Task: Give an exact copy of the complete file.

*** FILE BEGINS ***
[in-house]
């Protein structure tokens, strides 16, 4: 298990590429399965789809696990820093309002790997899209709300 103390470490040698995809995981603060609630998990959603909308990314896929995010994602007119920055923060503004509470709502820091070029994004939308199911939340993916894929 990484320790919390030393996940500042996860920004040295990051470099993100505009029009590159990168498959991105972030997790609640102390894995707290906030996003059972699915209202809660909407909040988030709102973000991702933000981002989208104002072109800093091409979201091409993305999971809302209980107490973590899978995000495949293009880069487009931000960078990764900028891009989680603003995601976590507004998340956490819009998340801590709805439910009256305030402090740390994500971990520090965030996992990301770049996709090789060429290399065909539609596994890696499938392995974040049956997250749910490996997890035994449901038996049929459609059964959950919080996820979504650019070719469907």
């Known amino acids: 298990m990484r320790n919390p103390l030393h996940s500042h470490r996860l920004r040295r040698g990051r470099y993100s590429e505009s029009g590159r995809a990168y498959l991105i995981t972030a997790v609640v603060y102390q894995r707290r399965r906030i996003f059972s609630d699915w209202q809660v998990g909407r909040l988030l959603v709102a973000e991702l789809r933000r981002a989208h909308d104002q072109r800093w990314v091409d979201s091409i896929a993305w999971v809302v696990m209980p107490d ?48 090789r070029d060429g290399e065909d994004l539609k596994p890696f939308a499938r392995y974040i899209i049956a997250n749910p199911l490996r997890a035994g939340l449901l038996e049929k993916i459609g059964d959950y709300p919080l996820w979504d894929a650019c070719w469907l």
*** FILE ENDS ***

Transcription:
[in-house]
């Protein structure tokens, strides 16, 4: 298990590429399965789809696990820093309002790997899209709300 103390470490040698995809995981603060609630998990959603909308990314896929995010994602007119920055923060503004509470709502820091070029994004939308199911939340993916894929 990484320790919390030393996940500042996860920004040295990051470099993100505009029009590159990168498959991105972030997790609640102390894995707290906030996003059972699915209202809660909407909040988030709102973000991702933000981002989208104002072109800093091409979201091409993305999971809302209980107490973590899978995000495949293009880069487009931000960078990764900028891009989680603003995601976590507004998340956490819009998340801590709805439910009256305030402090740390994500971990520090965030996992990301770049996709090789060429290399065909539609596994890696499938392995974040049956997250749910490996997890035994449901038996049929459609059964959950919080996820979504650019070719469907």
């Known amino acids: 298990m990484r320790n919390p103390l030393h996940s500042h470490r996860l920004r040295r040698g990051r470099y993100s590429e505009s029009g590159r995809a990168y498959l991105i995981t972030a997790v609640v603060y102390q894995r707290r399965r906030i996003f059972s609630d699915w209202q809660v998990g909407r909040l988030l959603v709102a973000e991702l789809r933000r981002a989208h909308d104002q072109r800093w990314v091409d979201s091409i896929a993305w999971v809302v696990m209980p107490d ?48 090789r070029d060429g290399e065909d994004l539609k596994p890696f939308a499938r392995y974040i899209i049956a997250n749910p199911l490996r997890a035994g939340l449901l038996e049929k993916i459609g059964d959950y709300p919080l996820w979504d894929a650019c070719w469907l």